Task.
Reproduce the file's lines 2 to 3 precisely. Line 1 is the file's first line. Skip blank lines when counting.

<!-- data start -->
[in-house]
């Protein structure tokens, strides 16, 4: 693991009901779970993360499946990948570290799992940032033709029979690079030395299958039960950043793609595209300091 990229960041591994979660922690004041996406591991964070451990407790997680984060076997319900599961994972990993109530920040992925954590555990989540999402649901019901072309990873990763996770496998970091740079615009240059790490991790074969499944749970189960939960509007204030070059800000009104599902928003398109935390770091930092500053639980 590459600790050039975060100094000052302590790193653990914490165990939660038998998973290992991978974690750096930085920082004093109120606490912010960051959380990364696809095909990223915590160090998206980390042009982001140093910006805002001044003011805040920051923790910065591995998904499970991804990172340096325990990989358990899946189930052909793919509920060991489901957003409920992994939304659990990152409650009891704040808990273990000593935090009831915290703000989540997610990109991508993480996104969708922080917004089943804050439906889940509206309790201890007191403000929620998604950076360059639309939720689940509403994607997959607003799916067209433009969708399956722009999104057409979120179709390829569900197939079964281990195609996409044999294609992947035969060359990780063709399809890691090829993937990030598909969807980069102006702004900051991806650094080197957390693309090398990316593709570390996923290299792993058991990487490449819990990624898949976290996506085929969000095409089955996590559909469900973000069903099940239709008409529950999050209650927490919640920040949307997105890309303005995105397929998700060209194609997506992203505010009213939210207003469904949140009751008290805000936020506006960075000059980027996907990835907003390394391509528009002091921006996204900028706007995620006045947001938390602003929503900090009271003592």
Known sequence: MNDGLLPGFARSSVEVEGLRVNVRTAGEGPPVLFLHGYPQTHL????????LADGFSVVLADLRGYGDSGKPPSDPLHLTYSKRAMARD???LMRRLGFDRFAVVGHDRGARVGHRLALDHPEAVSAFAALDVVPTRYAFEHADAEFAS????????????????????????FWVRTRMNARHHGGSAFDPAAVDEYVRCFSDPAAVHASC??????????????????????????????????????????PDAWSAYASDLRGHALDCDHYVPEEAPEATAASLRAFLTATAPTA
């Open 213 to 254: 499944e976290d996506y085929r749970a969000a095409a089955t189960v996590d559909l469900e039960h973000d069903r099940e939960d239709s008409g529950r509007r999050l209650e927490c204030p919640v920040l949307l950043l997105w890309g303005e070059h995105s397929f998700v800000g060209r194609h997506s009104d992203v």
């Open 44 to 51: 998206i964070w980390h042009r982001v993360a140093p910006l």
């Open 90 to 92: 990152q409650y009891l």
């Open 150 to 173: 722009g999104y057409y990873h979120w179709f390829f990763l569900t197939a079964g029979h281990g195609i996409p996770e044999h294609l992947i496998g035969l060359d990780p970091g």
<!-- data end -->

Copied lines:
């Protein structure tokens, strides 16, 4: 693991009901779970993360499946990948570290799992940032033709029979690079030395299958039960950043793609595209300091 990229960041591994979660922690004041996406591991964070451990407790997680984060076997319900599961994972990993109530920040992925954590555990989540999402649901019901072309990873990763996770496998970091740079615009240059790490991790074969499944749970189960939960509007204030070059800000009104599902928003398109935390770091930092500053639980 590459600790050039975060100094000052302590790193653990914490165990939660038998998973290992991978974690750096930085920082004093109120606490912010960051959380990364696809095909990223915590160090998206980390042009982001140093910006805002001044003011805040920051923790910065591995998904499970991804990172340096325990990989358990899946189930052909793919509920060991489901957003409920992994939304659990990152409650009891704040808990273990000593935090009831915290703000989540997610990109991508993480996104969708922080917004089943804050439906889940509206309790201890007191403000929620998604950076360059639309939720689940509403994607997959607003799916067209433009969708399956722009999104057409979120179709390829569900197939079964281990195609996409044999294609992947035969060359990780063709399809890691090829993937990030598909969807980069102006702004900051991806650094080197957390693309090398990316593709570390996923290299792993058991990487490449819990990624898949976290996506085929969000095409089955996590559909469900973000069903099940239709008409529950999050209650927490919640920040949307997105890309303005995105397929998700060209194609997506992203505010009213939210207003469904949140009751008290805000936020506006960075000059980027996907990835907003390394391509528009002091921006996204900028706007995620006045947001938390602003929503900090009271003592």
Known sequence: MNDGLLPGFARSSVEVEGLRVNVRTAGEGPPVLFLHGYPQTHL????????LADGFSVVLADLRGYGDSGKPPSDPLHLTYSKRAMARD???LMRRLGFDRFAVVGHDRGARVGHRLALDHPEAVSAFAALDVVPTRYAFEHADAEFAS????????????????????????FWVRTRMNARHHGGSAFDPAAVDEYVRCFSDPAAVHASC??????????????????????????????????????????PDAWSAYASDLRGHALDCDHYVPEEAPEATAASLRAFLTATAPTA